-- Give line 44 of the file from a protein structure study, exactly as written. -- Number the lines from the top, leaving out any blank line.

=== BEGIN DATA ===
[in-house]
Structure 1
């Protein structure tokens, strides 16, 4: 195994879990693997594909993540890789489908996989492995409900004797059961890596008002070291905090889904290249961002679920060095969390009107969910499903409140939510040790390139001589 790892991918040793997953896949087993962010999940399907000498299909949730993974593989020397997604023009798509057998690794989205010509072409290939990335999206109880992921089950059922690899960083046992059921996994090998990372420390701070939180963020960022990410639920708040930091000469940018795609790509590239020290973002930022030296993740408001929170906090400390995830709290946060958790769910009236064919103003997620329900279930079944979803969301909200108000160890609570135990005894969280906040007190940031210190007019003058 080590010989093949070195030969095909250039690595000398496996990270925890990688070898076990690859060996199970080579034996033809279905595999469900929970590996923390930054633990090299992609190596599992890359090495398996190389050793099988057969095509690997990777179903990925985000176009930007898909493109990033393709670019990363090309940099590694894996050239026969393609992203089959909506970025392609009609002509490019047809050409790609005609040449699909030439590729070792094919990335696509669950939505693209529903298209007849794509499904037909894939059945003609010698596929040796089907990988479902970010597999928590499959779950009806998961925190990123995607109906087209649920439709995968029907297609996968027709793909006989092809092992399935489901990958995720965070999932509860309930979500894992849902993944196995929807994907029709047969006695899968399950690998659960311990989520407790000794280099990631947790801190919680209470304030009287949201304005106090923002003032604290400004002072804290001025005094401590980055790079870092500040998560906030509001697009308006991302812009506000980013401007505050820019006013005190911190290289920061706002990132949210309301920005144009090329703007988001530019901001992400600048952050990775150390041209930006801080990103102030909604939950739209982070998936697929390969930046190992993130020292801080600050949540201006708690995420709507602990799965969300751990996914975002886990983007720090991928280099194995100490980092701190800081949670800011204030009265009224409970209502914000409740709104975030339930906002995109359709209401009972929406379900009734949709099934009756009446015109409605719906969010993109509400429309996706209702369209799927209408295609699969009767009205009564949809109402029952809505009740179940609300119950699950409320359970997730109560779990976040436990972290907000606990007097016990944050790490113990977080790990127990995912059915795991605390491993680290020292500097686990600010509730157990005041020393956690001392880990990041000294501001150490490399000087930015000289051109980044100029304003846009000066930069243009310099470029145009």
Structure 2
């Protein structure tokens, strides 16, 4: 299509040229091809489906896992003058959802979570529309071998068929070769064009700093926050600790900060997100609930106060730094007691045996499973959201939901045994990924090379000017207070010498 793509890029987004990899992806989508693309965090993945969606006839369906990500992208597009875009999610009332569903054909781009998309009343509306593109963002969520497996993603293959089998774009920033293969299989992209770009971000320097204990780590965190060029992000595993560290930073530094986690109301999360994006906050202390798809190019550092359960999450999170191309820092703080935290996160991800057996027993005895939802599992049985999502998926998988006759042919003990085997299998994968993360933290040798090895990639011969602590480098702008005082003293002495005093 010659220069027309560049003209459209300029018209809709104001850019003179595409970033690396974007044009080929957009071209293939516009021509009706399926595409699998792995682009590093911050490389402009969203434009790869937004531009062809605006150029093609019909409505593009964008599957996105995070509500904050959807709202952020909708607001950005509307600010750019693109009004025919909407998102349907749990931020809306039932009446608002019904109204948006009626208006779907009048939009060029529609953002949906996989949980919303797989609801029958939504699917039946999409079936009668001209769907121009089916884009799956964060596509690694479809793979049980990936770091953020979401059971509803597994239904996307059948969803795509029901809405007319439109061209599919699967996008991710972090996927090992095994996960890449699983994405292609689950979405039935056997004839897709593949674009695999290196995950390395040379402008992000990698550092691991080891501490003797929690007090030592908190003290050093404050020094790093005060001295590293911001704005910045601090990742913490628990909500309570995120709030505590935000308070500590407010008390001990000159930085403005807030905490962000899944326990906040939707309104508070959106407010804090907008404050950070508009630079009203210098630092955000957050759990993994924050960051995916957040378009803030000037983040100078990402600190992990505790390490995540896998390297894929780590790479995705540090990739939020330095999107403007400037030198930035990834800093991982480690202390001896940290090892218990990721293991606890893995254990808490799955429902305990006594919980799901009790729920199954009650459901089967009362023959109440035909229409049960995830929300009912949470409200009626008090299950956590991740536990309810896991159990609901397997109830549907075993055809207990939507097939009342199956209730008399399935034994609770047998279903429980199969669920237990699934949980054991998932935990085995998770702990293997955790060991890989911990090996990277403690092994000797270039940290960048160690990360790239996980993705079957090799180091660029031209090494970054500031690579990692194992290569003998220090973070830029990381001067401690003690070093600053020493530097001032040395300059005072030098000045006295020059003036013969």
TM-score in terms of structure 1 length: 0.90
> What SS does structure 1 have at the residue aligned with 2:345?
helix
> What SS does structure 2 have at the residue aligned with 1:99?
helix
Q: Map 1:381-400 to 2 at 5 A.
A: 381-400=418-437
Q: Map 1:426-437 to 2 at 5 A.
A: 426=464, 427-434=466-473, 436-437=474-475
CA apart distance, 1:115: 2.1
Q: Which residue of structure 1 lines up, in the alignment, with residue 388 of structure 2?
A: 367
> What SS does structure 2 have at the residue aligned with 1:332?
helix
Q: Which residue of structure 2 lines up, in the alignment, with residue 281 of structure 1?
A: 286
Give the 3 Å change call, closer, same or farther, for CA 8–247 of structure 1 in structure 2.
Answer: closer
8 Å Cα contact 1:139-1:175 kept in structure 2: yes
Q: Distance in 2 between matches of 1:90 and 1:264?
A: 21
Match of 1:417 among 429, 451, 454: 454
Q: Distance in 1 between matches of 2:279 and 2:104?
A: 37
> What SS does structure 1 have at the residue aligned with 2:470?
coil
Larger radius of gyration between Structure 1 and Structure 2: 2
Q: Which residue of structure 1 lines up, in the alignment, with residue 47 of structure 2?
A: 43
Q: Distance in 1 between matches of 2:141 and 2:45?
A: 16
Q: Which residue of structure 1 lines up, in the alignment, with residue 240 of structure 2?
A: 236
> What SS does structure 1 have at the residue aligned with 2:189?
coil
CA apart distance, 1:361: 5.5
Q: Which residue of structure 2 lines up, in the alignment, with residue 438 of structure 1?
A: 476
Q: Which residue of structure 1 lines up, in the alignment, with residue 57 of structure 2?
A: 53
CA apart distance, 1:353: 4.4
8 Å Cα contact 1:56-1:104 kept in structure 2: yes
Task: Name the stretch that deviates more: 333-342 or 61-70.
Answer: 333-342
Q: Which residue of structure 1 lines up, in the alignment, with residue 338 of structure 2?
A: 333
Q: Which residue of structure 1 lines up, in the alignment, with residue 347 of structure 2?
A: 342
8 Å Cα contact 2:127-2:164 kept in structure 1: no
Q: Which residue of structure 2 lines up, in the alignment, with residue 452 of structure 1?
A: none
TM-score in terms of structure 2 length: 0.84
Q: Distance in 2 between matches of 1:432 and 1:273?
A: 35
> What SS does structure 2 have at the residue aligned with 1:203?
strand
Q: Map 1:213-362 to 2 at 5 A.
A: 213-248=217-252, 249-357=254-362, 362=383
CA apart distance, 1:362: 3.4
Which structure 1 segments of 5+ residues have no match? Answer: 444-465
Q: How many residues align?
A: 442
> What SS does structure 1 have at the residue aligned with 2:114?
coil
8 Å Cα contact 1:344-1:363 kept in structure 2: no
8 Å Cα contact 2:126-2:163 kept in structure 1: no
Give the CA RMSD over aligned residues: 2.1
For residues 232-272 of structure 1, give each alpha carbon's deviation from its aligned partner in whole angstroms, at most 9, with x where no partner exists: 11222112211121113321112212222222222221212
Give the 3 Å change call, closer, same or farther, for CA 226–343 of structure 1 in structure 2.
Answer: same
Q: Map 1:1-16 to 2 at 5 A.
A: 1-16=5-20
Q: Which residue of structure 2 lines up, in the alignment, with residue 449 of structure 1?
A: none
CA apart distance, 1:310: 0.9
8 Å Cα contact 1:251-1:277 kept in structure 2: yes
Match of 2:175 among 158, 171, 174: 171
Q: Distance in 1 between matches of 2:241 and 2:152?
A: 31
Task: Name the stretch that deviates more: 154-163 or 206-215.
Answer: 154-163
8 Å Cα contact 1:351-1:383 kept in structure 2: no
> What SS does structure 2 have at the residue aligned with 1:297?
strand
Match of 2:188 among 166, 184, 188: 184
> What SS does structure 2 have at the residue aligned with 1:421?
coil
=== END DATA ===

Q: Which residue of structure 1 lines up, in the alignment, with residue 57 of structure 2?